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# Python | Check if key has Non-None value in dictionary

• Last Updated : 24 Mar, 2023

Sometimes, while working with Python dictionaries, we might come across a problem in which we need to find if a particular key of dictionary is valid i.e it is not False or has a non None value. This kind of problem can occur in Machine Learning domain. Let’s discuss certain ways in which this problem can be solved.

Method #1 : Using if This task can simply be solved using the conditional operator “if”. The if statement autochecks for the truthness of any statement and hence with the key’s value.

## Python3

 `# Python3 code to demonstrate working of` `# Check if key has Non-None value in dictionary` `# Using if`   `# Initialize dictionary` `test_dict ``=` `{``'gfg'` `: ``None``, ``'is'` `: ``4``, ``'for'` `: ``2``, ``'CS'` `: ``10``}`   `# printing original dictionary` `print``("The original dictionary : " ``+`  `str``(test_dict))`   `# Using if` `# Check if key has Non-None value in dictionary` `res ``=` `False` `if` `test_dict[``'gfg'``]:` `    ``res ``=` `True` `    `  `# printing result ` `print``("Does gfg have a Non``-``None` `value? : " ``+` `str``(res))`

Output :

The original dictionary : {‘gfg’: None, ‘is’: 4, ‘for’: 2, ‘CS’: 10} Does gfg have a Non-None value? : False

Time Complexity: O(1)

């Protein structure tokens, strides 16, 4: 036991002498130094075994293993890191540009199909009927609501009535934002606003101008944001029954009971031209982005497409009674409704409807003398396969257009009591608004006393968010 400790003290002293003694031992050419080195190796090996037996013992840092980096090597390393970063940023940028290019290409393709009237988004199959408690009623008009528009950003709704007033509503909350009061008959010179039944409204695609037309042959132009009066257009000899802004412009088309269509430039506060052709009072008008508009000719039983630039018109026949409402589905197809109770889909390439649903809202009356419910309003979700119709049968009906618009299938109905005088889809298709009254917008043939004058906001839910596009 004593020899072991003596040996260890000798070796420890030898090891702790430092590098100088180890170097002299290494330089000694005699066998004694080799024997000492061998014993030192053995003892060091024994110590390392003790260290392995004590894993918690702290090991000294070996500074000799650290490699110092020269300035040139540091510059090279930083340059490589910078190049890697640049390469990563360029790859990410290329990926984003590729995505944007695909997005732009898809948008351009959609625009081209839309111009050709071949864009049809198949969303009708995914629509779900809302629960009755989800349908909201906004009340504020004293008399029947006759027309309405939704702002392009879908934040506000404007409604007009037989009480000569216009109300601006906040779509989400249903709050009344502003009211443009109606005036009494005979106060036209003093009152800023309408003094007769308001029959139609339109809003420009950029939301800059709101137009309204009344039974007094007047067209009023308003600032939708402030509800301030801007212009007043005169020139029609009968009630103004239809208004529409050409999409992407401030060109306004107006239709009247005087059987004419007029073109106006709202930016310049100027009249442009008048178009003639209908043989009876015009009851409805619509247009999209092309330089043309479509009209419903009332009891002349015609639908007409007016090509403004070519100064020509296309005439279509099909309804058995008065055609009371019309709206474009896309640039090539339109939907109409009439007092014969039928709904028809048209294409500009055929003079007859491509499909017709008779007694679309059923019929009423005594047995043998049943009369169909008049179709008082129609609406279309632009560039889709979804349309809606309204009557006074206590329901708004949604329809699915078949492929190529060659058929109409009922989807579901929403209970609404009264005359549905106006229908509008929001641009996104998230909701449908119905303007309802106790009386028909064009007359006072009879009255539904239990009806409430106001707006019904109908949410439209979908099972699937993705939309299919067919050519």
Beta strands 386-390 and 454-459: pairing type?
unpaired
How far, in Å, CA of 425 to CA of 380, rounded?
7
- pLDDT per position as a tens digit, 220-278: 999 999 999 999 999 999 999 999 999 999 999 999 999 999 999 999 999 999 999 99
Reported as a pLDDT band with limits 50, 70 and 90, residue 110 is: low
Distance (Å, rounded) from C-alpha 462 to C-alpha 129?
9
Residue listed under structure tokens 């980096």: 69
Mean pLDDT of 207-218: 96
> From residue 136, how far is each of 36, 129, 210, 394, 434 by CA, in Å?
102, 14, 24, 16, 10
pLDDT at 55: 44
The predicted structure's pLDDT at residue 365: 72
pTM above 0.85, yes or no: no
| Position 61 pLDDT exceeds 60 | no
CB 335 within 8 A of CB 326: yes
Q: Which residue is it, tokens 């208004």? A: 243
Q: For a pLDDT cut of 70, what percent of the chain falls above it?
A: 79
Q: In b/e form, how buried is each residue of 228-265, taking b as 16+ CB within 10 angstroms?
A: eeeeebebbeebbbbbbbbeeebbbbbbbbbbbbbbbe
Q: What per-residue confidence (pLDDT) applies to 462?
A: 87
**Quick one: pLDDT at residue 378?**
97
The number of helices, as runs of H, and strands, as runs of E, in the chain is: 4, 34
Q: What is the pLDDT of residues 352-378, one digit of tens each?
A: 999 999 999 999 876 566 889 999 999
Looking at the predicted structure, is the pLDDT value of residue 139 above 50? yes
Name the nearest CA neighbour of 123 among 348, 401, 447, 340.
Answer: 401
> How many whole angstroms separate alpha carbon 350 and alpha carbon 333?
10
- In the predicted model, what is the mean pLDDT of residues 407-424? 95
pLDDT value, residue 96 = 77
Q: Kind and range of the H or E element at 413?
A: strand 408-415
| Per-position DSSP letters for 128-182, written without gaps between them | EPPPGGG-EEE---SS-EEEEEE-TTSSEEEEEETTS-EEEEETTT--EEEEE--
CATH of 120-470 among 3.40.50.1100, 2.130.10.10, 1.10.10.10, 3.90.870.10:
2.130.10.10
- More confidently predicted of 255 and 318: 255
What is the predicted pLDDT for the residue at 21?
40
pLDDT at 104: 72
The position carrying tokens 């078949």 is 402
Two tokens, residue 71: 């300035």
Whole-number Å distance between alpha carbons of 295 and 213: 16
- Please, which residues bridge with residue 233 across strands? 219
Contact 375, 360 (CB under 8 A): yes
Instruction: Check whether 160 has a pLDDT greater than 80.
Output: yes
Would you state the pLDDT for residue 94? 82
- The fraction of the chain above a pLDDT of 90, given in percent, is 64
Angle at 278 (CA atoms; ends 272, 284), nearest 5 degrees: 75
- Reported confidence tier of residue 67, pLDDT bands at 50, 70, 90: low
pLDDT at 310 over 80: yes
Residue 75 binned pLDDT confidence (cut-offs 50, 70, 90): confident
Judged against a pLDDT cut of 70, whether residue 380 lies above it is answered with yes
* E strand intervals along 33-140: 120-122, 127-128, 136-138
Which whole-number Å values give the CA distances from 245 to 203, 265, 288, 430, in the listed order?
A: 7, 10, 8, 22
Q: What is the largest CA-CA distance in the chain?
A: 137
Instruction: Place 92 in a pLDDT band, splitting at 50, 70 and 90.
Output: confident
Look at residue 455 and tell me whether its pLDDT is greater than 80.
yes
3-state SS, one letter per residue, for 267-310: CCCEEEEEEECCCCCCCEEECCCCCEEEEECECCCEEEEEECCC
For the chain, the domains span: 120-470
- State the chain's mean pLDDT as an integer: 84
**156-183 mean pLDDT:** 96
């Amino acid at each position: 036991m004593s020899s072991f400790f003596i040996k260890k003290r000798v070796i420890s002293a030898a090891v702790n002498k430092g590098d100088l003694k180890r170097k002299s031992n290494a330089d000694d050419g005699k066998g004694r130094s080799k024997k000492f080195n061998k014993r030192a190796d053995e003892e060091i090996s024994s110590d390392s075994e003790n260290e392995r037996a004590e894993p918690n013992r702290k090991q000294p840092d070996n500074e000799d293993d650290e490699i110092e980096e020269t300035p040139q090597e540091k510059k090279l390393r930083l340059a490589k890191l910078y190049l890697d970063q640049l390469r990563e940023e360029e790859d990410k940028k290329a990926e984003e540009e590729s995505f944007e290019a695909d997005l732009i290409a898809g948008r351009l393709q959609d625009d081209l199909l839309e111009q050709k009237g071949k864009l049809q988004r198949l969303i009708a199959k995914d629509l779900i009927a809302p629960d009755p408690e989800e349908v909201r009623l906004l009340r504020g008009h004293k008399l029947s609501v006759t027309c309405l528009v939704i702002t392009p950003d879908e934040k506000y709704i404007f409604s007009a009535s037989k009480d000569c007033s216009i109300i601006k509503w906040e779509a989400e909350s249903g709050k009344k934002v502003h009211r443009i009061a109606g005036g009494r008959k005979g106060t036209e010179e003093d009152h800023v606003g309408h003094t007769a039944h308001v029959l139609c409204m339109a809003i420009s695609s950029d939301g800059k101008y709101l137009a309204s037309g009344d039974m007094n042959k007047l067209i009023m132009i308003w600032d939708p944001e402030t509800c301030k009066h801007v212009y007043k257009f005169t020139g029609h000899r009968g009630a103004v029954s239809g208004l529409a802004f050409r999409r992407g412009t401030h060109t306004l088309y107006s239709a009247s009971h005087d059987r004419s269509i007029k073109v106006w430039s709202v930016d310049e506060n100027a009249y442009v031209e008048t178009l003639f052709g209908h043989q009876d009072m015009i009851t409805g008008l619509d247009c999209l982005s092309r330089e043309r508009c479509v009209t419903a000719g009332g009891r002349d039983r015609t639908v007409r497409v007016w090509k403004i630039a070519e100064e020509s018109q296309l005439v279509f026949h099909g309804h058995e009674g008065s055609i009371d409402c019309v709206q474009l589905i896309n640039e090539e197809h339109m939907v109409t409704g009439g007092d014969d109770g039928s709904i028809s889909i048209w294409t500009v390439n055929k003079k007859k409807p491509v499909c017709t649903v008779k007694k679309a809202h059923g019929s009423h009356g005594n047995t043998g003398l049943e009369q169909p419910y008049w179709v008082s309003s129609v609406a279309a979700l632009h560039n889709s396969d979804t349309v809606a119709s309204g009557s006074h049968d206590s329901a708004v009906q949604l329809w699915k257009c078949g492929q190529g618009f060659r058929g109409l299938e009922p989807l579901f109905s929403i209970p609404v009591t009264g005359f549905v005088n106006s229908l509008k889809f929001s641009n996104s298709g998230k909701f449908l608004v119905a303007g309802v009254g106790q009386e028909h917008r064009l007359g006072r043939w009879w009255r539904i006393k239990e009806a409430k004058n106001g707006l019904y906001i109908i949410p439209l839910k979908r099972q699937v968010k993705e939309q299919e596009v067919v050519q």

Auxiliary Space: O(1)

Method #2 : Using bool() + get() The above functions together can be used to perform this particular task. The get performs the task of getting the value corresponding a key and bool function checks for truthfulness.

## Python3

 `# Python3 code to demonstrate working of` `# Check if key has Non-None value in dictionary` `# Using bool() + get()`   `# Initialize dictionary` `test_dict ``=` `{``'gfg'` `: ``None``, ``'is'` `: ``4``, ``'for'` `: ``2``, ``'CS'` `: ``10``}`   `# printing original dictionary` `print``("The original dictionary : " ``+`  `str``(test_dict))`   `# Using bool() + get()` `# Check if key has Non-None value in dictionary` `res ``=` `bool``(test_dict.get(``'gfg'``))` `    `  `# printing result ` `print``("Does gfg have a Non``-``None` `value? : " ``+` `str``(res))`

Output :

The original dictionary : {‘gfg’: None, ‘is’: 4, ‘for’: 2, ‘CS’: 10} Does gfg have a Non-None value? : False

Method 3: using the in keyword and a ternary operator:

1. Initialize a dictionary test_dict with key-value pairs. In this dictionary, the key ‘gfg’ has a None value, and the other keys have some integer values.
2. Print the original dictionary using the print() function.
3. Using a ternary operator, check if the key ‘gfg’ is present in the dictionary test_dict and if its value is not None.
4. a. If the condition is True, set the value of res to True.
5. b. If the condition is False, set the value of res to False.
6. Print the result of the check using the print() function.

## Python3

 `# Python3 code to demonstrate working of` `# Check if key has Non-None value in dictionary` `# Using ternary operator`   `# Initialize dictionary` `test_dict ``=` `{``'gfg'` `: ``None``, ``'is'` `: ``4``, ``'for'` `: ``2``, ``'CS'` `: ``10``}`   `# printing original dictionary` `print``(``"The original dictionary : "` `+` `str``(test_dict))`   `# Using ternary operator` `# Check if key has Non-None value in dictionary` `res ``=` `True` `if` `'gfg'` `in` `test_dict ``and` `test_dict[``'gfg'``] ``is` `not` `None` `else` `False`   `# printing result ` `print``(``"Does gfg have a Non-None value? : "` `+` `str``(res))`

Output

```The original dictionary : {'gfg': None, 'is': 4, 'for': 2, 'CS': 10}
Does gfg have a Non-None value? : False
```

.

The time complexity of this approach is O(1) since dictionary lookups are constant time in Python,

Space complexity is O(1) since we only use constant additional memory.

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